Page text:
Two calculations are needed to determine the temperature that the coil achieves. First, assuming natural convection with a heat transfer coefficient of 200 W/m2-K [20], the Biot number for the wire is estimated to be:

Bi=hDk1.45 × 1030.1

Thus the entire material is at a uniform temperature. Even with the lowest value of natural convection heat transfer, the Biot number is much less than 0.1, so we can assume that a calculation of the power supplied to the coil can be related to a uniform coil temperature.

In order to determine the coil surface temperature, the power supplied is equated to the loss of energy due to the surrounding air:


Using the typical power supplied to the coil is of between 5 and 5.5 watts, given a coil length of 45 mm and a heat transfer coefficient of 200 W/m2-K, we estimate that coil surface temperatures can range from 1100 to 1200 °C. Given the power and coil dimensions, this calculation of temperature is similar to a Nichrome wire coil temperature estimation of between 900 and 1000 °C [20].

A.2. Estimation of Temperature Profile near the Coil

Due to the extremely low thermal mass of the coil, it is reasonable to assume that the temperature drops rapidly away from the coil surface to the surrounding air and some to the exterior of the stainless steel fiber bundle. In order to understand how the pressure difference that transports material through the fiber bundle is created by the thermal gradient, it would be useful to estimate the length over which the temperature drops from the coil surface to the measured fiber bundle temperature of between 40 and 50 °C, when measured away from the coil-fiber bundle connection.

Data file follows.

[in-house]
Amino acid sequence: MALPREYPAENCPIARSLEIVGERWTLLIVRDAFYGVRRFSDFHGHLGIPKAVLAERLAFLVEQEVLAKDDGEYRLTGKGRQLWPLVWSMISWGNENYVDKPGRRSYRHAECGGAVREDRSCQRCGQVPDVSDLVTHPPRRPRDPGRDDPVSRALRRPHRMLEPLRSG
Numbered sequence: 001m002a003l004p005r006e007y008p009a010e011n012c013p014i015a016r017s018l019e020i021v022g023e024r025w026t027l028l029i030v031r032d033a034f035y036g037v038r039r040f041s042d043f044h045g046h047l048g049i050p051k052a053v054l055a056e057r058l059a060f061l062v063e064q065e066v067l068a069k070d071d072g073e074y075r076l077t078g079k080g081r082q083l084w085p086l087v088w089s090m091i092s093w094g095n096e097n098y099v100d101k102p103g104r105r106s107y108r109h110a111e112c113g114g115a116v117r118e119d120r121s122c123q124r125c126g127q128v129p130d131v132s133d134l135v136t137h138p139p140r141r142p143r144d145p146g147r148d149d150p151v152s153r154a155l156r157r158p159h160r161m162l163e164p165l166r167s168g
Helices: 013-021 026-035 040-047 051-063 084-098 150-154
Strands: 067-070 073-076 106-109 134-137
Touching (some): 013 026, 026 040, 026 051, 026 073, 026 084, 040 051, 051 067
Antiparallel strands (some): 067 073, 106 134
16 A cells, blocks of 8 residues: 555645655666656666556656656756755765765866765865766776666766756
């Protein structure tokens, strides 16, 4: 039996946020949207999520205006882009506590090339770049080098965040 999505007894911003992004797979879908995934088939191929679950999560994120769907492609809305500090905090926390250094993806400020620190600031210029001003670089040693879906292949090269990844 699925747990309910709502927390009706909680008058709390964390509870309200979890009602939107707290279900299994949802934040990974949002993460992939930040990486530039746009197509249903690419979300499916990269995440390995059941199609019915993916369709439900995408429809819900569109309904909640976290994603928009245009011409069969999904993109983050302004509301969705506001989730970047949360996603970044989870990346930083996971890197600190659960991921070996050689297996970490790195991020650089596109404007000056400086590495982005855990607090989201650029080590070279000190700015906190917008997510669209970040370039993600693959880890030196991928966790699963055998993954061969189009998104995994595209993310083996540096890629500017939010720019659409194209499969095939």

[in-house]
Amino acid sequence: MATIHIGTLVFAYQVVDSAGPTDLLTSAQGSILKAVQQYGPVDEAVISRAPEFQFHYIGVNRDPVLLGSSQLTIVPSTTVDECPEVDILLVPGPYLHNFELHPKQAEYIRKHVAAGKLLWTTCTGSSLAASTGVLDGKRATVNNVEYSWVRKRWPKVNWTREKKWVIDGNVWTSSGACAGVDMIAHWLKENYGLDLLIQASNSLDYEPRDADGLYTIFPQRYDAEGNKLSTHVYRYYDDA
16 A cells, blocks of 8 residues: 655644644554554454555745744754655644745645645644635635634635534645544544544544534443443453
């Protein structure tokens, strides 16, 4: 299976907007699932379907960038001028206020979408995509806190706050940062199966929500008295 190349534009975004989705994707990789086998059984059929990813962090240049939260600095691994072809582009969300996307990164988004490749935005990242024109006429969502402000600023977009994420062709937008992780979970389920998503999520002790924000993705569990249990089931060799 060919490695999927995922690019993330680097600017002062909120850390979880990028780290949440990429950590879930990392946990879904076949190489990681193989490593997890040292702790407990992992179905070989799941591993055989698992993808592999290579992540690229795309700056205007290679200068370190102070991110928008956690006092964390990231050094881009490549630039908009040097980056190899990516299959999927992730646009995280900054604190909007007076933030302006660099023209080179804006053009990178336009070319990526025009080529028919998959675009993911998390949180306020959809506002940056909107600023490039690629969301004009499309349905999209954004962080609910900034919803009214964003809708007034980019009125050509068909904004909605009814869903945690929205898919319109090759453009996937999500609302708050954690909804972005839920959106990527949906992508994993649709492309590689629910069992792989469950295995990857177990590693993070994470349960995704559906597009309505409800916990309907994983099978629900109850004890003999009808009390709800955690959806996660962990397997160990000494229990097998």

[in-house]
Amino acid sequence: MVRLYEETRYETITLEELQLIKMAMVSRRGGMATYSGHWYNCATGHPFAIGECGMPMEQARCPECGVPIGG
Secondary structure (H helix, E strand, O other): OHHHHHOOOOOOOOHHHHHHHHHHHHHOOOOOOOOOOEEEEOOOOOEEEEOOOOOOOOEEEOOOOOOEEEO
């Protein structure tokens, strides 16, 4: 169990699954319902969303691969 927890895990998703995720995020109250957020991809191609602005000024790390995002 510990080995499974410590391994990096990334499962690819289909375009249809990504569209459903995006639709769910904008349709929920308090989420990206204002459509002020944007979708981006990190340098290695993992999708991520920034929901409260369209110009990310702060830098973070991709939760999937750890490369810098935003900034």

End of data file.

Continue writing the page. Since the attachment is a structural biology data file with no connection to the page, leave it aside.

One reasonable assumption is to ignore the heat transfer to the fiber bundle and assume that there is heat transferred by conduction to a shell of air surrounding the coil.

At steady-state, the heat supplied by the electrical power is dissipated through a shell of surrounding air assuming that no radiative heat transfer occurs:


The objective of this calculation is to determine the relative ratio of the outer to inner layer, which for the properties and temperatures measured yield a (r2/r1) value of about 2. Since the radius of the coil is very small, the value of r2 is about 0.15 mm. The temperature at a distance away from the center of a cylinder for steady-state conduction is: